The Magic of East Sooke Park

Drifting Towards the Elements

By Sandy Carter

We walk with purpose along the dirt trail and come to a large fallen Douglas fir. I adjust the strap on my tripod so it rests securely on my back and position my camera protectively. Placing both hands on the trunk for balance, I raise my leg up onto the tree, steady myself and climb awkwardly up to the top. I carefully stand while readjusting my gear. Then, grabbing hold of my tripod, I leap to the ground on the other side. I feel invigorated. Like jumping on one foot to remove the water from my ears after a shower, this jump begins to release the stress of the city from my body.

Since moving to Vancouver Island almost three years ago I’ve explored only a small part of this region. But during the past couple of months, I’ve discovered the island’s west side. After only an hour’s drive out of downtown Victoria, the noise and speed of the city disappears. Following the drive along the winding Highway 1A out of Colwood, the change becomes dramatic after taking the turnoff onto Becher Bay Road and arriving at the Aylard Farm entrance to East Sooke Park. We could have taken Pike Road or Anderson Cove Road, the two other points to gain entry into the park, but we choose the Aylard Farm Road access, a good starting point for first-time visitors.

We park the truck, gather our cameras, tripods and a thermos of hot coffee, then begin the five-minute stroll to the cliffs above Becher Bay. In the open meadow, robins busy themselves searching for food. Above us, gulls and red-tailed hawks welcome spring; hollow tapping sounds of woodpeckers echo through the salty air. On the bluff a sheltered picnic area invites us to return. With a lunch rendezvous arranged for noon, we separate into pairs.

Stepping down onto the shoreline, we’re greeted by the expansive Juan de Fuca Strait as it extends towards the snowcapped Olympic Mountains. Gently flowing tide washes over smooth ebony surfaces; purple sea stars and other mysterious underwater life lie hidden below surrounded by the goose-neck barnacles. I feel a surge of tranquillity with the golden morning sun breathing warmly on my face. Beneath my bones, the tension from city living slowly begins to fade.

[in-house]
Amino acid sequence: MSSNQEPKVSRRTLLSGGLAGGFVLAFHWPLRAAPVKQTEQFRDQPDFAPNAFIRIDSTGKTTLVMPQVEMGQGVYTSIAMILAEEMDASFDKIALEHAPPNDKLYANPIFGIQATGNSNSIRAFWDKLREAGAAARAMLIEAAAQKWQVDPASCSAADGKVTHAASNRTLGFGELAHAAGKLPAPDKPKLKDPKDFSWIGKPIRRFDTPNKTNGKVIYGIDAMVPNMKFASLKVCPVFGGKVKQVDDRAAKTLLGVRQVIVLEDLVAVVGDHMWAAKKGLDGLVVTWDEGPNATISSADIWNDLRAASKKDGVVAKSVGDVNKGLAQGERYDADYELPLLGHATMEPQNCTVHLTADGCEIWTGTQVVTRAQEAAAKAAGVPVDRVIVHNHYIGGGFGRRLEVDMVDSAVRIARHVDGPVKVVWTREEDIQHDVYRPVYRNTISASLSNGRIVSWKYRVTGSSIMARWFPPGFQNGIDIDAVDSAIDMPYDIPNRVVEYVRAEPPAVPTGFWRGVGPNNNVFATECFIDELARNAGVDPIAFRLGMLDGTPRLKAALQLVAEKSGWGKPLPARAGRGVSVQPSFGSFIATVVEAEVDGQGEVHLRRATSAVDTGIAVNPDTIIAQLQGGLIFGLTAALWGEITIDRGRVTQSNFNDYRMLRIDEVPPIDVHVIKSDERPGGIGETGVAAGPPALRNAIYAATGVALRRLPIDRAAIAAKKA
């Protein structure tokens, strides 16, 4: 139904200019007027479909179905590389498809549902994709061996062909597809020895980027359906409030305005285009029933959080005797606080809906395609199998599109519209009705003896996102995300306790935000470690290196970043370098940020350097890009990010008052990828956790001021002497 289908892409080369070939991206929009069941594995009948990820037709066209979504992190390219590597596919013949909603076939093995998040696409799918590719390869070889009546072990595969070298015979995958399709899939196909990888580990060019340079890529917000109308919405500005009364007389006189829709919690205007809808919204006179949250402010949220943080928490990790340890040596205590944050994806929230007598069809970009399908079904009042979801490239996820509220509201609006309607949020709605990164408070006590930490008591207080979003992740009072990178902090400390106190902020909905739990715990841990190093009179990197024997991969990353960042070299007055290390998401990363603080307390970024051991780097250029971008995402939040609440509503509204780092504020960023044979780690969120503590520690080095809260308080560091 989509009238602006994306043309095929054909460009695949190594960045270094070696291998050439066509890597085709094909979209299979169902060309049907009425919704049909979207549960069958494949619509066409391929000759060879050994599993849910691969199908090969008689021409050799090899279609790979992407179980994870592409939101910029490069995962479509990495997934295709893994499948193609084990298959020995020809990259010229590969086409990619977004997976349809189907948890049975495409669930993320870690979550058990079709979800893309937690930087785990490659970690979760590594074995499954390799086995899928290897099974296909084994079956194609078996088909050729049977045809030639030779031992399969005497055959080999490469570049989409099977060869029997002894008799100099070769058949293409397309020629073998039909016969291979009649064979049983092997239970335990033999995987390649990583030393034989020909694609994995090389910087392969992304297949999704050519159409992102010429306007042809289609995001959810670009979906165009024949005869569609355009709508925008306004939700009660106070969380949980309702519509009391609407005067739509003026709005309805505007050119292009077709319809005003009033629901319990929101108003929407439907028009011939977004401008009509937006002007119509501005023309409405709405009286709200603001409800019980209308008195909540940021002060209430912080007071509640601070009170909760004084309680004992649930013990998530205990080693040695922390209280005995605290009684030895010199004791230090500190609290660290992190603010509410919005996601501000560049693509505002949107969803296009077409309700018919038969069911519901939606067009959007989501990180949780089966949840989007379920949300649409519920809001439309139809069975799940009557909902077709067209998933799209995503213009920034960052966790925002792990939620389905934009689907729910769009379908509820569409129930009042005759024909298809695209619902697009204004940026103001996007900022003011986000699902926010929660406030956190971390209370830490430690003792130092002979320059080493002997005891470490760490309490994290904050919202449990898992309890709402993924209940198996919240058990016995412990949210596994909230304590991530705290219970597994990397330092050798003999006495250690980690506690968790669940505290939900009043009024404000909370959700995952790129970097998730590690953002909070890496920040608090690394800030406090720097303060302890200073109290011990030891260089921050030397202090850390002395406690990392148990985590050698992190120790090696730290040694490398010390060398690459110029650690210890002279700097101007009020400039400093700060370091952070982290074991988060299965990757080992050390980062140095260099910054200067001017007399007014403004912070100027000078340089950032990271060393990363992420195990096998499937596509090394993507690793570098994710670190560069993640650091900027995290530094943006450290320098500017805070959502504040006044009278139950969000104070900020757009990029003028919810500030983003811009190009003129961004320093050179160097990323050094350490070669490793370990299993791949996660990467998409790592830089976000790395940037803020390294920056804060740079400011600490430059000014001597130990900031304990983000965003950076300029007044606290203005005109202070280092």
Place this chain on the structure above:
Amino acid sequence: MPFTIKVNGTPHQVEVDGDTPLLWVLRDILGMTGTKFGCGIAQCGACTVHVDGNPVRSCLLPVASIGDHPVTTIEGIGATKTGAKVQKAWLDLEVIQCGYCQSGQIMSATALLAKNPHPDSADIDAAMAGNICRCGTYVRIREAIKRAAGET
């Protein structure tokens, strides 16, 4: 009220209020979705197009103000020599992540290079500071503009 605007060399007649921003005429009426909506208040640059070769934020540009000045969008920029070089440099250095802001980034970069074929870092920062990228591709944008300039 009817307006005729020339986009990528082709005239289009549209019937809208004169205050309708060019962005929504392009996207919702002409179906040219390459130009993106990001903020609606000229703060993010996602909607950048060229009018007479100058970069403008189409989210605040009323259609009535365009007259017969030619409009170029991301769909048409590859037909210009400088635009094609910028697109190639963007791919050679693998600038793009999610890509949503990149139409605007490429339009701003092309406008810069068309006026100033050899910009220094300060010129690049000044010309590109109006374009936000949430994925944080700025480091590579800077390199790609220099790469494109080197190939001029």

“I can’t believe I’ve never come here before,” I keep telling my friend. “It’s so incredibly beautiful.” He just smiles. He knows; he’s been here before.

We leave the beach and hike further, up and around, over and under. We separate and meet again along the way as the path encourages us to continue. The massive boulders with their bordering arbutus and sitka spruce lead down to the water then back up along the cliffs. Trails amid the Garry oak introduce the cool lush forests with their tender emerald mosses, graceful ferns and fruit-laden salmonberry.

Our purpose for being in the park is photography. Whether down by the water watching ocean otters play along the edge of the tidepools or moving silently within the woods, as photographers we obligingly drift towards the elements that lure us. Time passes without awareness. My friend finds me and tells me it’s almost noon. When we meet the others, I know I’m not ready to leave. Quietly eating, I realize I’m not alone with the effects of the park. With barely a suggestion, we agree to stay longer.

Once again we move along the footpath. Passing aboriginal petroglyphs with barking sea lions below and bald eagles circling above, I realize I belong in the outdoors. It occurs to me that a sedentary indoor lifestyle has engulfed me since leaving my native California. I no longer will be captive to it.

My jump to the other side of the fir clearly demonstrates it’s time for a change. Outdoors by the ocean’s calm, with the sun spilling over the trees and the water and my soul, I surrender to nature. As a photographer, I’ll go back along the Coast Trail and know I will never be without an inspiration. I eagerly await a free day to return or a chance to discover and explore another new place like East Sooke Park.

IF YOU GO

East Sooke Park is a wilderness park. Maps, brochures and more information regarding park regulations, designated trails and tips on ensuring a pleasurable and safe hike are available at regional park offices.

Sandy Carter is a Victoria based writer and photographer.